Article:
- GDP (PPP):
- $572.9 billion
- 1.4% growth
- 1.7% 5-year compound annual growth
- $54,545 per capita
- Inflation (CPI):
- FDI Inflow:
Belgium’s economic freedom score is 70.1, making its economy the 37th freest in the 2021 Index. Its overall score has increased by 1.2 points, primarily because of an improvement in judicial effectiveness. Belgium is ranked 22nd among 45 countries in the Europe region, and its overall score is equal to the regional average but above the world average.
Economic freedom in Belgium moved higher in 2021, and the economy is now back in the mostly free category from which it fell in 2012. The overriding reason the Belgian economy remains stuck in the moderately free category is chronically high and unsustainable government spending. Efforts to boost job creation, strengthen competitiveness, and consolidate public finances would be encouraged by fiscal restraint.
IMPACT OF COVID-19: As of December 1, 2020, 16,786 deaths had been attributed to the pandemic in Belgium, and the economy was forecast to contract by 8.3 percent for the year.
Belgium is a federal state with three culturally distinct regions: Flanders, Wallonia, and the capital city of Brussels, which hosts the headquarters of NATO and the European Union. In the May 2019 federal elections, the center-right New Flemish Alliance won the most seats in a fractured parliament but failed to win a majority. Efforts to form a coalition have proved unsuccessful, and Sophie Wilmès, Belgium’s first female prime minister, has led a caretaker government since October 2019. Neighboring countries have a strong political and economic impact on Belgium. The services sector accounts for a large portion of GDP in the export-driven economy. Belgium boasts a dense network of rails and roadways and Europe’s second-busiest port, Antwerp.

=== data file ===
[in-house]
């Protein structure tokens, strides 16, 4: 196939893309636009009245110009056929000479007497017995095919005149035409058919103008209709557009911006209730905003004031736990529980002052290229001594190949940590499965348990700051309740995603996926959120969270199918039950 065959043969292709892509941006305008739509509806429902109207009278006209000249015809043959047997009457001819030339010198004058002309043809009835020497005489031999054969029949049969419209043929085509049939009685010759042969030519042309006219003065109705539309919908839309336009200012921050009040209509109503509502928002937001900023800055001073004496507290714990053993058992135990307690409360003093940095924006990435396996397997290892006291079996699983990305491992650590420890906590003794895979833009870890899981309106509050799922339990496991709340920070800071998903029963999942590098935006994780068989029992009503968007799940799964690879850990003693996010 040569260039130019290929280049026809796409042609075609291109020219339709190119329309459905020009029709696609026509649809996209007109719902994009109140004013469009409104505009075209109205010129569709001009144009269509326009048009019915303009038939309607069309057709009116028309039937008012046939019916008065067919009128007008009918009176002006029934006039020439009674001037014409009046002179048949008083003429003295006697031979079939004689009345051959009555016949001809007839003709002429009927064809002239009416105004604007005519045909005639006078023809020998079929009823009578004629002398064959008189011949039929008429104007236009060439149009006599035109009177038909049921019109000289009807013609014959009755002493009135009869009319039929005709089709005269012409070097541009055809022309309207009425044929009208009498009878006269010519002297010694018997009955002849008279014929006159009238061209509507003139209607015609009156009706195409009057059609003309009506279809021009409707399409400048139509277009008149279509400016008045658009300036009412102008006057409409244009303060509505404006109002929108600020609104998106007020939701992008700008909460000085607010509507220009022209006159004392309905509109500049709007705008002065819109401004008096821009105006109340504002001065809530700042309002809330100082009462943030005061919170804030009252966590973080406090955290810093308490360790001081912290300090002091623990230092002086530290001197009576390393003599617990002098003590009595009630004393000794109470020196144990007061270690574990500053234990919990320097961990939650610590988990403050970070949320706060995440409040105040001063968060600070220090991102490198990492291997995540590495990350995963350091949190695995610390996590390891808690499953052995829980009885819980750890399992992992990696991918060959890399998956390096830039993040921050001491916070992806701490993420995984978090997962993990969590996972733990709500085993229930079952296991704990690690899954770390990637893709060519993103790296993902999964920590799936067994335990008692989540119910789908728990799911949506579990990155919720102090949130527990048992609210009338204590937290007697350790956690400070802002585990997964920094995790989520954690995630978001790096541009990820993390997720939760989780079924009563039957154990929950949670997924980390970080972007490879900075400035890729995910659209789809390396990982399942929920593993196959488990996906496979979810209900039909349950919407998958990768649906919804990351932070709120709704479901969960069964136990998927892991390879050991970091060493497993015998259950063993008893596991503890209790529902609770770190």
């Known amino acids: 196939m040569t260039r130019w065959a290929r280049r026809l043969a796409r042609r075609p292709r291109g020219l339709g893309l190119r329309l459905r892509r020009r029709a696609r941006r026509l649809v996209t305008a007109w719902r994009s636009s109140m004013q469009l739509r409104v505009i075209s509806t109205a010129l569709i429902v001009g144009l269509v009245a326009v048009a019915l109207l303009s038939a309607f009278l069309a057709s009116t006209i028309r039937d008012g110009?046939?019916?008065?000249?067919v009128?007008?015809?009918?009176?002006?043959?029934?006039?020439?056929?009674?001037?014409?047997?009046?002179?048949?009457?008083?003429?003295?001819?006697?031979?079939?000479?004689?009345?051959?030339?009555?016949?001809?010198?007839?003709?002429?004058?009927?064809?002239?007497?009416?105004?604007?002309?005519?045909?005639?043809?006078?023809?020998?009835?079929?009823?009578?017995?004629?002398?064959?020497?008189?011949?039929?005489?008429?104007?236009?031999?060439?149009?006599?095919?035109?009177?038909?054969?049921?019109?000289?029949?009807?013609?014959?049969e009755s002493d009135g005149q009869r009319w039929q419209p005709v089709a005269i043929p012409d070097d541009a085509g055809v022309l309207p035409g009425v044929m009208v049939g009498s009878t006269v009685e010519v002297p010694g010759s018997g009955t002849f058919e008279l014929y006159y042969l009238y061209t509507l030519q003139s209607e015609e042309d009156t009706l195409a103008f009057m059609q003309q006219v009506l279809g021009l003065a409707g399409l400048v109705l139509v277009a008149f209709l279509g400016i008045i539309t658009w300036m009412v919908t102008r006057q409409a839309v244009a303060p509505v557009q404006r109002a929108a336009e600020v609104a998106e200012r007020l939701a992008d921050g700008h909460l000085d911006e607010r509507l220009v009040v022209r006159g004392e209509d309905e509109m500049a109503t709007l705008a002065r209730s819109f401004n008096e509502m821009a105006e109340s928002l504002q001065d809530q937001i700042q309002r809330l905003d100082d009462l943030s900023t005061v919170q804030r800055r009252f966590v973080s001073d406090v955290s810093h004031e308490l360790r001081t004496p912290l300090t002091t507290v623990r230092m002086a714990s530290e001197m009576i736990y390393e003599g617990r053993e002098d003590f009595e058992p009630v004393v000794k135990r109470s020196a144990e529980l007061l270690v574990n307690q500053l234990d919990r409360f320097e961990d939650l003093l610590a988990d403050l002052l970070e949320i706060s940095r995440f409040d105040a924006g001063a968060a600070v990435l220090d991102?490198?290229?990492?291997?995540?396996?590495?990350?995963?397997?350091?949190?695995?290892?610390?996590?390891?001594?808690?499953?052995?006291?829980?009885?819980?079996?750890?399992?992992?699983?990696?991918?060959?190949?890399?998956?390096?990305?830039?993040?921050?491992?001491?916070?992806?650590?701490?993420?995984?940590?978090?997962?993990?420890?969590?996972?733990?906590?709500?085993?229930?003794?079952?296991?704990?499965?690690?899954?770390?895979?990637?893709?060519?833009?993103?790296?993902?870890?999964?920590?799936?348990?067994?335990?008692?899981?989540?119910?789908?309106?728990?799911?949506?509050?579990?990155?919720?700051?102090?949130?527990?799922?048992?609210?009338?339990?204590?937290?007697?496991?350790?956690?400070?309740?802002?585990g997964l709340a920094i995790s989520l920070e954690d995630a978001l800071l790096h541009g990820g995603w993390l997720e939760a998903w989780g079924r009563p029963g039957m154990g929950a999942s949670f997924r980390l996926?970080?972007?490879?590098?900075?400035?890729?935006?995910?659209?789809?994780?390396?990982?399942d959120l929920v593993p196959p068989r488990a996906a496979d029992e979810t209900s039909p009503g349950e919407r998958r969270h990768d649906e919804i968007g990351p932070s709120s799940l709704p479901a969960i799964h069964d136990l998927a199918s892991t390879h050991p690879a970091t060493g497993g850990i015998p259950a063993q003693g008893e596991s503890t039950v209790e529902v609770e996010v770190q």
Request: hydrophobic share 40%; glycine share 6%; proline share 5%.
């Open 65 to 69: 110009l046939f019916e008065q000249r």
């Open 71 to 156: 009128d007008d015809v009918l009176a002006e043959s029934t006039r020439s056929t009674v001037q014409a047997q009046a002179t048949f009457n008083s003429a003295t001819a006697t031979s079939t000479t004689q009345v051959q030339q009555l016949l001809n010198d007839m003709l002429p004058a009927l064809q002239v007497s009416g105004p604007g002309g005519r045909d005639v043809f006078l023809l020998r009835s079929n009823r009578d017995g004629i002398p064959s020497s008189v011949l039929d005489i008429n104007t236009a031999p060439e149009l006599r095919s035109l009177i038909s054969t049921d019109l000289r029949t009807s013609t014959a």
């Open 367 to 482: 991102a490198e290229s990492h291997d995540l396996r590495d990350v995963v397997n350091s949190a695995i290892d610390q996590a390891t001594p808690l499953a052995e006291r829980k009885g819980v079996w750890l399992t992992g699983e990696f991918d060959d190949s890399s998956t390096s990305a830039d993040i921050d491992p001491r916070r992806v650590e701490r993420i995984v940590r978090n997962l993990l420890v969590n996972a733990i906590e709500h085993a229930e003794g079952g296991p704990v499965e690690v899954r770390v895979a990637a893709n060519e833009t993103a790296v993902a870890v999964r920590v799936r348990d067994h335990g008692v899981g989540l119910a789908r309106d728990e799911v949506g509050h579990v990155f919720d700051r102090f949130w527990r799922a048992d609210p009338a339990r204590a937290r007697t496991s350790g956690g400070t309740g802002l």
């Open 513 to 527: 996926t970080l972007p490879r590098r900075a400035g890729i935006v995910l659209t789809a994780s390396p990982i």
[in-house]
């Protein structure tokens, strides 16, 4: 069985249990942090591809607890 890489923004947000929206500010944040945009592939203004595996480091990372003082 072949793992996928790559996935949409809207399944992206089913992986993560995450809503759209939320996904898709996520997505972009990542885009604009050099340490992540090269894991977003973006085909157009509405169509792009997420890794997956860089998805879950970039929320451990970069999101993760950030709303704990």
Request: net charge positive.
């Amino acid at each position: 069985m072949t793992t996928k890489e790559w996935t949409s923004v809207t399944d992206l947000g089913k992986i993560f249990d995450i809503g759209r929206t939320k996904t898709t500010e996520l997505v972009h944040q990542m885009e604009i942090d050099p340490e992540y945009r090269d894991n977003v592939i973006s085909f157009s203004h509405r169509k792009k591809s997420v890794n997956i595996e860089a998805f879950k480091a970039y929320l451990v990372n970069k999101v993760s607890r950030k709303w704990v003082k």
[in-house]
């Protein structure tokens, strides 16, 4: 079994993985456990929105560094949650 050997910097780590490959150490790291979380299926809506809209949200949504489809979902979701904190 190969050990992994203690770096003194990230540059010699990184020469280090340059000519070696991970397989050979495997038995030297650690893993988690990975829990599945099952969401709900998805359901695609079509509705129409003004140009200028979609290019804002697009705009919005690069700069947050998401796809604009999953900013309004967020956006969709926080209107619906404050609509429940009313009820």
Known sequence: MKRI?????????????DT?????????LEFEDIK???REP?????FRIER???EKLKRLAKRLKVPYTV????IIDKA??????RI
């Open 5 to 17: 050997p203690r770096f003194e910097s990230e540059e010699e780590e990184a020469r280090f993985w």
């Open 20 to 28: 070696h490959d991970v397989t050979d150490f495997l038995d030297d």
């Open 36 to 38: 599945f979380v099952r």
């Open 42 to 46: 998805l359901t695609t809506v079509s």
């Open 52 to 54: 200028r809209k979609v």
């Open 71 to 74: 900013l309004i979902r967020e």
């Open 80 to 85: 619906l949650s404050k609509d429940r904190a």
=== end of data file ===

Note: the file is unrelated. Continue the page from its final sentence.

Protection of property rights is reliable, but property registration is cumbersome, and enforcement of intellectual property rights can be protracted. The judiciary is independent both by law and in practice, and court rulings are duly enforced by other state entities. Although corruption is relatively rare, journalists reported in late 2019 that a high-level government official was under investigation for corruption involving bribery and money laundering.
The top individual income tax rate is 50 percent, and the top corporate tax rate is 29 percent. Other taxes include value-added and estate taxes. The overall tax burden equals 44.9 percent of total domestic income. Government spending has amounted to 52.1 percent of total output (GDP) over the past three years, and budget deficits have averaged 1.0 percent of GDP. Public debt is equivalent to 99.0 percent of GDP.
Cuts in the rate that employers pay for social security contributions and increases in the notional interest rate deduction have enhanced business freedom. The paid-in minimum capital requirement when starting a business has been eliminated. Employee severance costs are high, however, and the economy has to fund a wide range of subsidies at the local, regional, national, and EU levels. The government has instituted numerous pandemic-related fiscal stimulus measures and subsidies.
As a member of the EU, Belgium has 45 preferential trade agreements in force. The trade-weighted average tariff rate (common among EU members) is 3 percent, with 639 EU-mandated nontariff measures in force. Foreign and domestic investors are treated equally. The financial system remains vibrant and generally free from government involvement. No restrictive measures have been implemented in the banking sector over the past year.